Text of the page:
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How virtual and augmented reality are changing retailing forever

Published: 20 March 2017
How virtual and augmented reality are changing retailing forever

You thought buying online was shaking up the retail world? Imagine being able to deck out your house in furniture and appliances from a photo, or see exactly how makeup looks on your face without trying it on.  These are just two examples of how virtual reality (VR) and augmented reality (AR) are taking shopping experiences to a whole new level -  in store, on phones and from the comfort of home.

What exactly are VR and AR?

Virtual Reality

This is technology that recreates the real-world situations where you can react and interact. To experience VR you need a dedicated (and pricey) VR headset, Google Cardboard or one of the other low-cost, low-tech products that can transform smartphones into headsets.

Augmented Reality

Takes the physical and emotional buying experience to the next level by superimposing computer generated sensory inputs on top of the real world (Pokémon was an early example). From there customers can modify and customise products and services. AR is more like an app that can be downloaded to your Smartphone and other devices.

Report predicts shoppers will flock to VR and AR

While Pokémon hysteria may have died down, thirst for these new technologies only just getting quenched. According to the new report "Augmented Reality and Virtual Reality Market' there is huge expectations for both:

  • Global VR market will reach $33.90 Billion by 2022, growing 57.84% each year.
  • Global AR market is projected to hit 117.40 Billion by 2022, growing 75.72% each year.

How could retailers benefit from VR and AR?

Combining the best of the digital and physical worlds opens up many opportunities for all kinds of retail goods and services from household items, clothes, health and games, to travel, learning and sporting experiences by:

  • making shopping 100% personalised experiences
  • involving customers in product design and prototyping
  • transforming front-line employees into specialised brand ambassadors and product experts
  • providing exceptional, "in person" customer service from anywhere in the world
  • interacting with customers through the entire sales journey from anywhere in the world

How can customers benefit?

Whether it's online or in-store, there are many ways that shopping will become a more pleasurable, personal and productive experience through:

  • seeing, trying on or trying out items from a digital product catalogue and smart shelves
  • being able to make faster, informed decisions
  • getting real-time feedback from friends and other trusted sources to make the right decision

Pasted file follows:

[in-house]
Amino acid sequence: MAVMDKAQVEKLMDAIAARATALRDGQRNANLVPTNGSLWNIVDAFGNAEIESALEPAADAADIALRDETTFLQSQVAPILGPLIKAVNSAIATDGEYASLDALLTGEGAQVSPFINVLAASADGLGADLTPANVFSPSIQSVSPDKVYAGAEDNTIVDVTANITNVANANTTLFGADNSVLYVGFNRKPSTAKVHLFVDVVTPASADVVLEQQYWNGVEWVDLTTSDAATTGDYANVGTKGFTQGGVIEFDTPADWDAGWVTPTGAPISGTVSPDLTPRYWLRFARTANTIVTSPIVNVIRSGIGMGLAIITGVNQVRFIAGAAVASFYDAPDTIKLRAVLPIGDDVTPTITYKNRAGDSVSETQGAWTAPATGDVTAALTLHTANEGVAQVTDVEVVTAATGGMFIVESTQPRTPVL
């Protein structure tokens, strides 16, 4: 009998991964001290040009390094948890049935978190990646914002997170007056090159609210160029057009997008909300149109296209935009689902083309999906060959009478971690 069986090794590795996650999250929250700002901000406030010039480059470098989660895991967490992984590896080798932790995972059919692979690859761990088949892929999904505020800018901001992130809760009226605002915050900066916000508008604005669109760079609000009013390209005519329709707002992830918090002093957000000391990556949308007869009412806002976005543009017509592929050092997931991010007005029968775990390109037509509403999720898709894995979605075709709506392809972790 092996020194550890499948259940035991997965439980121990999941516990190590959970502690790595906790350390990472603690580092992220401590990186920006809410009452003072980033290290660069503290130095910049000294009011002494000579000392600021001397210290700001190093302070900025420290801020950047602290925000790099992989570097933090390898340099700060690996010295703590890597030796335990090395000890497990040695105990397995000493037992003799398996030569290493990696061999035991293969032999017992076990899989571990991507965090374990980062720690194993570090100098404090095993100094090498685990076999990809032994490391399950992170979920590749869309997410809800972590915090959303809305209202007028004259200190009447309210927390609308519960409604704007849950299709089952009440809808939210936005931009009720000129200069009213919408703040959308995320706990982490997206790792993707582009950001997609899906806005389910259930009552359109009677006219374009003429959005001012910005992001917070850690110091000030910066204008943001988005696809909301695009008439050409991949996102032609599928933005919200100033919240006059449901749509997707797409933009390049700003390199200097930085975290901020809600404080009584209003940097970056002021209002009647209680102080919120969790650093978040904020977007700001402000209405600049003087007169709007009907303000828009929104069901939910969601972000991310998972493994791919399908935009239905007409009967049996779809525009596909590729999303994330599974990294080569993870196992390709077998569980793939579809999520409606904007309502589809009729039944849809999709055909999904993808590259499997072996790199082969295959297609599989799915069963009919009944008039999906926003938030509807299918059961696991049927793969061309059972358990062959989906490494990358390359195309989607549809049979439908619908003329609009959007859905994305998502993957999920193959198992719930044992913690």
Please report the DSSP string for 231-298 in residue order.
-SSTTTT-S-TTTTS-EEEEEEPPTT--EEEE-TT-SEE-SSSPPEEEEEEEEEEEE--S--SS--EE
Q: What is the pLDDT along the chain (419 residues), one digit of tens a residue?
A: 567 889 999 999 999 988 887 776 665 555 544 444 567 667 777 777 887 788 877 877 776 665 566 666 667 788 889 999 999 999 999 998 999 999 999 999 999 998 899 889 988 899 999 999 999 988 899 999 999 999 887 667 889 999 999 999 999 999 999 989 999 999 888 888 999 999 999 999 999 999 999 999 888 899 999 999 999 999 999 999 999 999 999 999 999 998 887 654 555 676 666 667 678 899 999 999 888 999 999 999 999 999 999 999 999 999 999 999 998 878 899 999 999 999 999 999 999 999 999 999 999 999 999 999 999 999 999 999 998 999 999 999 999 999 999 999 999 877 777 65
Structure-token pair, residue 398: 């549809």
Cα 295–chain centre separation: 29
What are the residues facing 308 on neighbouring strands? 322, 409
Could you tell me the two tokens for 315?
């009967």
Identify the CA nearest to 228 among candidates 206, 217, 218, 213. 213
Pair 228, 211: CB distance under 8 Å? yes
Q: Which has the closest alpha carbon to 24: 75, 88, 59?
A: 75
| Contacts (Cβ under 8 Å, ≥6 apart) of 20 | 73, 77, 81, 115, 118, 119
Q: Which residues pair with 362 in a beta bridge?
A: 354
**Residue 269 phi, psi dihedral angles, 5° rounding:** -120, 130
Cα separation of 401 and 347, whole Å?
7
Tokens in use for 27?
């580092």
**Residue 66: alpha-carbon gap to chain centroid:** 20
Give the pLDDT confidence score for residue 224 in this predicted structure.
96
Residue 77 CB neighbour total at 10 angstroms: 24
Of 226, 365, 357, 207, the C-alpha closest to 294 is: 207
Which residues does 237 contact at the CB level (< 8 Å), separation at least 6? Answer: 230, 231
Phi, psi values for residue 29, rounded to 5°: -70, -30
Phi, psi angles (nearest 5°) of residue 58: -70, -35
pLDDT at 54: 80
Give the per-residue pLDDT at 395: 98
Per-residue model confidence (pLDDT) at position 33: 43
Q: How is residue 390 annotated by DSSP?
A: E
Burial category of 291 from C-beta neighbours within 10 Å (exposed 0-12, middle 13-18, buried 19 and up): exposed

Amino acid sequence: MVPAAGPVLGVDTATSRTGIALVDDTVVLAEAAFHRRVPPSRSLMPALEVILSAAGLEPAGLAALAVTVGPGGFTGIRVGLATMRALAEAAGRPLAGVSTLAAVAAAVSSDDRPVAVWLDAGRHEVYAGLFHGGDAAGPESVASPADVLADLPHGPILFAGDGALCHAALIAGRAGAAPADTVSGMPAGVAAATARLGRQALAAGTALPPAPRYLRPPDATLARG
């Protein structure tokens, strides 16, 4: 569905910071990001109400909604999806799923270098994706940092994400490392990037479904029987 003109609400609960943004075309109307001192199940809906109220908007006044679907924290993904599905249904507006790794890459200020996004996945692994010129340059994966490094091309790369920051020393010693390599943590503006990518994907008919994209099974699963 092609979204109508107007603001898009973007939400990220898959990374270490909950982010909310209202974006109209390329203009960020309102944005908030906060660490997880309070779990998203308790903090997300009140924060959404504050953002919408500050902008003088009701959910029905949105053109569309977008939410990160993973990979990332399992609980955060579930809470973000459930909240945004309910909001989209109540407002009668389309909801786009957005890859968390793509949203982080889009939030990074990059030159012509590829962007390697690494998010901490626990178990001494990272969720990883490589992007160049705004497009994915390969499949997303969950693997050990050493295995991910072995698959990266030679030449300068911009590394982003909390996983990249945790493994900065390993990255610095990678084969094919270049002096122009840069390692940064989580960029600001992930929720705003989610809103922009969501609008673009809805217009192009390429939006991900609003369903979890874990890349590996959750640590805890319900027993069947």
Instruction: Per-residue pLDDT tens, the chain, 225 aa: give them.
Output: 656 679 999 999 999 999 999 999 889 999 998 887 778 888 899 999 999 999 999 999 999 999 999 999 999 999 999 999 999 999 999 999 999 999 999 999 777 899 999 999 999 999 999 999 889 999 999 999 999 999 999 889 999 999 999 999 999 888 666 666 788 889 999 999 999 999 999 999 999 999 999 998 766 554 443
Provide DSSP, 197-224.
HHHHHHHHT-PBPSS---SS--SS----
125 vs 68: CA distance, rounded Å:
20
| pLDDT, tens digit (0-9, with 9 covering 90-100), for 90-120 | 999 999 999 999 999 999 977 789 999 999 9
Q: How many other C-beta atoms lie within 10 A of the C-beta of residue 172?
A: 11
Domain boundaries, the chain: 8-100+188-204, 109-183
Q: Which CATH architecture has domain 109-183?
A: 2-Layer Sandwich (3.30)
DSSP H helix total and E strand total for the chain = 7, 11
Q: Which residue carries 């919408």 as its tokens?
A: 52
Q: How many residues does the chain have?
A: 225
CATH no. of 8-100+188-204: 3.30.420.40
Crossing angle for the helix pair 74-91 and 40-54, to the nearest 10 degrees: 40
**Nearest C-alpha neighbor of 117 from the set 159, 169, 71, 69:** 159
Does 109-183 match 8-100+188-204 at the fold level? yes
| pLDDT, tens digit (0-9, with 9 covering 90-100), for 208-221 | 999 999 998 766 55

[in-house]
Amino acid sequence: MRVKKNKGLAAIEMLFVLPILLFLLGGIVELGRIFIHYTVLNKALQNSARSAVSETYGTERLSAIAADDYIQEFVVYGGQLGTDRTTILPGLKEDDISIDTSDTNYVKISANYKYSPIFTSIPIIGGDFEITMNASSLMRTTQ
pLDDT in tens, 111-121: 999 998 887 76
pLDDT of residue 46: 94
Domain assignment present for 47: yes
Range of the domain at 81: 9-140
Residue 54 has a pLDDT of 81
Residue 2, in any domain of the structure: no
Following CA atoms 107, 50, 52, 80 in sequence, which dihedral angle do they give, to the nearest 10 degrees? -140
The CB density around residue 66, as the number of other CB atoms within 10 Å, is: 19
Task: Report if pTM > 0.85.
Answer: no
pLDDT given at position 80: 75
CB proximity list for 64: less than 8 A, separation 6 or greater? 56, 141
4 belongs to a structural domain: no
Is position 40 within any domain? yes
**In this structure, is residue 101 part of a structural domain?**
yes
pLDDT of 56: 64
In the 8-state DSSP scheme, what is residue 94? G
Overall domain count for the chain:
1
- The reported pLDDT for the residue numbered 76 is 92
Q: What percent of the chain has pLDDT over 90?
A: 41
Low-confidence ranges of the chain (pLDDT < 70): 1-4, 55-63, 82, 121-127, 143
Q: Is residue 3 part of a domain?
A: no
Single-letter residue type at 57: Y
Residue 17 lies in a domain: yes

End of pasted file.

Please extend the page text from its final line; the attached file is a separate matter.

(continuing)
• discovering new and preferred ways to shop whenever they browse or buy

Examples of VR and AR in retail

Many retailers are already trialling VR and AR technology to boost customer experiences such as:

IKEA

14% of IKEA customers take home furniture that's the wrong size for its intended location. The furniture giant is solving that problem with AR technology that allows people to try out select products in their homes with a blend of printed catalogue, mobile app and smartphone or tablet.

Lego

To boost instore excitement and sales, products can be positioned in front of the AR enabled screen that projects a digital version of the toy inside. Children get to see what the model can do while parents pull out their wallets.

L'Oreal

Their facial recognition Makeup Genius app allows customers to virtually apply products and see how they look before buying the product.

Broadway Sydney

Mirvac has created a 'Mix it Up' app for people to explore new and exciting things happening behind the scenes in the redevelopment. It also gives a glimpse of what's in store for the future.

New Balance

Virtual change rooms allow shoppers to try on new range via interactive screen, without actually changing.

How to prepare for the VR and AR revolution

While it's not taken off in Australia just yet, there's little doubt that VR and AR will dramatically impact retail business and customer's shopping habits.

Take some small steps now so that you're ready when cost-effective technology becomes available to small retailers. For example:

  • try out VR headsets, 360° cameras, immersive video and other new technologies
  • imagine what the shopping experience could be like for your customers
  • identify customer touch points (in-store and online) where VR and AR could be effective
  • talk to some VR and AR companies to find out what's possible
  • keep abreast of new developments through newsletter and websites.

In-store retailing is changing fast. Understanding the opportunities available for SMEs through technologies like VR and AR will help keep you in front of the crowd, while others fall behind.

Author: Snap Marketing

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